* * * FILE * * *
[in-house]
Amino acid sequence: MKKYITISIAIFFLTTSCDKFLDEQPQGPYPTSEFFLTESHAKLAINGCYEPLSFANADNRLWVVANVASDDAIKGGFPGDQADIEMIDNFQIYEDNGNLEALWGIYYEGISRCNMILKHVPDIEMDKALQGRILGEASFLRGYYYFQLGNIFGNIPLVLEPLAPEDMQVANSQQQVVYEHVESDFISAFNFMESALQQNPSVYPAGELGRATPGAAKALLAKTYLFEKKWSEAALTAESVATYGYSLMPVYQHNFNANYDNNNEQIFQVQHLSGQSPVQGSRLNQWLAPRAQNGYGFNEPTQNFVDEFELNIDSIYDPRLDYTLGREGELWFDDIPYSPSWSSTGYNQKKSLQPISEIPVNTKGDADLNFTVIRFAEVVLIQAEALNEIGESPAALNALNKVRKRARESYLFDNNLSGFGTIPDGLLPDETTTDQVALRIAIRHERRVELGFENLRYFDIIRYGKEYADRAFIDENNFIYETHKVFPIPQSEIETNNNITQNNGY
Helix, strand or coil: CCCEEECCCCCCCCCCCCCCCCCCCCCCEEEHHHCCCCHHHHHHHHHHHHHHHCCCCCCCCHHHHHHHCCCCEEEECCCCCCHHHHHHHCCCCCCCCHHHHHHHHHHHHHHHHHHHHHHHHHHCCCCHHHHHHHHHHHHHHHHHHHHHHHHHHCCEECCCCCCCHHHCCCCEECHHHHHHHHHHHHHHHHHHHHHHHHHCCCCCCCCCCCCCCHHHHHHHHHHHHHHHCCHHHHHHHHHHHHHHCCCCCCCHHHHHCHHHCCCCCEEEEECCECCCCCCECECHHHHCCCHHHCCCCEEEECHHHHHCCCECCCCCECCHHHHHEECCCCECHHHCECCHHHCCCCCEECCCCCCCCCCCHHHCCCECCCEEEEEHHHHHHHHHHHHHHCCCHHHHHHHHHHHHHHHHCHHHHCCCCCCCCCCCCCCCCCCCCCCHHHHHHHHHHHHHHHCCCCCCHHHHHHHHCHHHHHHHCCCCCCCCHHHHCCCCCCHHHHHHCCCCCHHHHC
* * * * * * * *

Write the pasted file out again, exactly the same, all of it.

[in-house]
Amino acid sequence: MKKYITISIAIFFLTTSCDKFLDEQPQGPYPTSEFFLTESHAKLAINGCYEPLSFANADNRLWVVANVASDDAIKGGFPGDQADIEMIDNFQIYEDNGNLEALWGIYYEGISRCNMILKHVPDIEMDKALQGRILGEASFLRGYYYFQLGNIFGNIPLVLEPLAPEDMQVANSQQQVVYEHVESDFISAFNFMESALQQNPSVYPAGELGRATPGAAKALLAKTYLFEKKWSEAALTAESVATYGYSLMPVYQHNFNANYDNNNEQIFQVQHLSGQSPVQGSRLNQWLAPRAQNGYGFNEPTQNFVDEFELNIDSIYDPRLDYTLGREGELWFDDIPYSPSWSSTGYNQKKSLQPISEIPVNTKGDADLNFTVIRFAEVVLIQAEALNEIGESPAALNALNKVRKRARESYLFDNNLSGFGTIPDGLLPDETTTDQVALRIAIRHERRVELGFENLRYFDIIRYGKEYADRAFIDENNFIYETHKVFPIPQSEIETNNNITQNNGY
Helix, strand or coil: CCCEEECCCCCCCCCCCCCCCCCCCCCCEEEHHHCCCCHHHHHHHHHHHHHHHCCCCCCCCHHHHHHHCCCCEEEECCCCCCHHHHHHHCCCCCCCCHHHHHHHHHHHHHHHHHHHHHHHHHHCCCCHHHHHHHHHHHHHHHHHHHHHHHHHHCCEECCCCCCCHHHCCCCEECHHHHHHHHHHHHHHHHHHHHHHHHHCCCCCCCCCCCCCCHHHHHHHHHHHHHHHCCHHHHHHHHHHHHHHCCCCCCCHHHHHCHHHCCCCCEEEEECCECCCCCCECECHHHHCCCHHHCCCCEEEECHHHHHCCCECCCCCECCHHHHHEECCCCECHHHCECCHHHCCCCCEECCCCCCCCCCCHHHCCCECCCEEEEEHHHHHHHHHHHHHHCCCHHHHHHHHHHHHHHHHCHHHHCCCCCCCCCCCCCCCCCCCCCCHHHHHHHHHHHHHHHCCCCCCHHHHHHHHCHHHHHHHCCCCCCCCHHHHCCCCCCHHHHHHCCCCCHHHHC